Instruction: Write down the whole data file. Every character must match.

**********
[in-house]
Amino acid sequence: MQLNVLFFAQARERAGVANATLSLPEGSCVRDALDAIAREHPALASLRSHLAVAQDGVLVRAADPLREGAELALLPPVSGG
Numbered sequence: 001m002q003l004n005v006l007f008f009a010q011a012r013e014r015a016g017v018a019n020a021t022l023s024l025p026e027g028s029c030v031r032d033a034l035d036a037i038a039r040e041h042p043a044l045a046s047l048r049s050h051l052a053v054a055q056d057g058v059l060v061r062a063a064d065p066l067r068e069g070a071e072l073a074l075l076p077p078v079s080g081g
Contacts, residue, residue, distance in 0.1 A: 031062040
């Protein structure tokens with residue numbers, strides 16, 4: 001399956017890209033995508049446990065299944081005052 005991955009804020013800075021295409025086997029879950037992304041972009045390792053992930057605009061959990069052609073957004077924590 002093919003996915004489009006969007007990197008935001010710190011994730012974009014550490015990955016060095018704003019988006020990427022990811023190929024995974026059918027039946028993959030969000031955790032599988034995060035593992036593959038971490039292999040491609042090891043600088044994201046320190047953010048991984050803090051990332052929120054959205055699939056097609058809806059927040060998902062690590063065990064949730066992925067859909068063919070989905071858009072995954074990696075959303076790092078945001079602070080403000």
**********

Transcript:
[in-house]
Amino acid sequence: MQLNVLFFAQARERAGVANATLSLPEGSCVRDALDAIAREHPALASLRSHLAVAQDGVLVRAADPLREGAELALLPPVSGG
Numbered sequence: 001m002q003l004n005v006l007f008f009a010q011a012r013e014r015a016g017v018a019n020a021t022l023s024l025p026e027g028s029c030v031r032d033a034l035d036a037i038a039r040e041h042p043a044l045a046s047l048r049s050h051l052a053v054a055q056d057g058v059l060v061r062a063a064d065p066l067r068e069g070a071e072l073a074l075l076p077p078v079s080g081g
Contacts, residue, residue, distance in 0.1 A: 031062040
């Protein structure tokens with residue numbers, strides 16, 4: 001399956017890209033995508049446990065299944081005052 005991955009804020013800075021295409025086997029879950037992304041972009045390792053992930057605009061959990069052609073957004077924590 002093919003996915004489009006969007007990197008935001010710190011994730012974009014550490015990955016060095018704003019988006020990427022990811023190929024995974026059918027039946028993959030969000031955790032599988034995060035593992036593959038971490039292999040491609042090891043600088044994201046320190047953010048991984050803090051990332052929120054959205055699939056097609058809806059927040060998902062690590063065990064949730066992925067859909068063919070989905071858009072995954074990696075959303076790092078945001079602070080403000």